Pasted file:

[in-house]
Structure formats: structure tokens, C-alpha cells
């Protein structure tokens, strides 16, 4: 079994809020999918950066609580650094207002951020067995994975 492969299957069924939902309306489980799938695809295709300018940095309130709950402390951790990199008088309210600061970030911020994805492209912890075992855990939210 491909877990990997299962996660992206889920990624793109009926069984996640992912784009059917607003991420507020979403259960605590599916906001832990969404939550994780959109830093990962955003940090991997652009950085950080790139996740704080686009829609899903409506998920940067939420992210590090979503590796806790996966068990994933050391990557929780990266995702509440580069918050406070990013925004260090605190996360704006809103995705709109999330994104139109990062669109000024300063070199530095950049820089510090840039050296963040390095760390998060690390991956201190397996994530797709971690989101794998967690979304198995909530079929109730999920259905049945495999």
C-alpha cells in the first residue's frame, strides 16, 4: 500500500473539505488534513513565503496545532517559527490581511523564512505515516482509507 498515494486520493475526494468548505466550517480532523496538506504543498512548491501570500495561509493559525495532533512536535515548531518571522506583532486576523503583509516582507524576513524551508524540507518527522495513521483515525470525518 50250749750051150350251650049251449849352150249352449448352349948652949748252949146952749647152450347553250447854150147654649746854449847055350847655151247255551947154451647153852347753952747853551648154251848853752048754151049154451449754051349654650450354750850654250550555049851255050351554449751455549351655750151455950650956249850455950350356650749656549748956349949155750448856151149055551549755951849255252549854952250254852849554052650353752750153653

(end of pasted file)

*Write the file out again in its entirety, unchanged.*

[in-house]
Structure formats: structure tokens, C-alpha cells
């Protein structure tokens, strides 16, 4: 079994809020999918950066609580650094207002951020067995994975 492969299957069924939902309306489980799938695809295709300018940095309130709950402390951790990199008088309210600061970030911020994805492209912890075992855990939210 491909877990990997299962996660992206889920990624793109009926069984996640992912784009059917607003991420507020979403259960605590599916906001832990969404939550994780959109830093990962955003940090991997652009950085950080790139996740704080686009829609899903409506998920940067939420992210590090979503590796806790996966068990994933050391990557929780990266995702509440580069918050406070990013925004260090605190996360704006809103995705709109999330994104139109990062669109000024300063070199530095950049820089510090840039050296963040390095760390998060690390991956201190397996994530797709971690989101794998967690979304198995909530079929109730999920259905049945495999």
C-alpha cells in the first residue's frame, strides 16, 4: 500500500473539505488534513513565503496545532517559527490581511523564512505515516482509507 498515494486520493475526494468548505466550517480532523496538506504543498512548491501570500495561509493559525495532533512536535515548531518571522506583532486576523503583509516582507524576513524551508524540507518527522495513521483515525470525518 50250749750051150350251650049251449849352150249352449448352349948652949748252949146952749647152450347553250447854150147654649746854449847055350847655151247255551947154451647153852347753952747853551648154251848853752048754151049154451449754051349654650450354750850654250550555049851255050351554449751455549351655750151455950650956249850455950350356650749656549748956349949155750448856151149055551549755951849255252549854952250254852849554052650353752750153653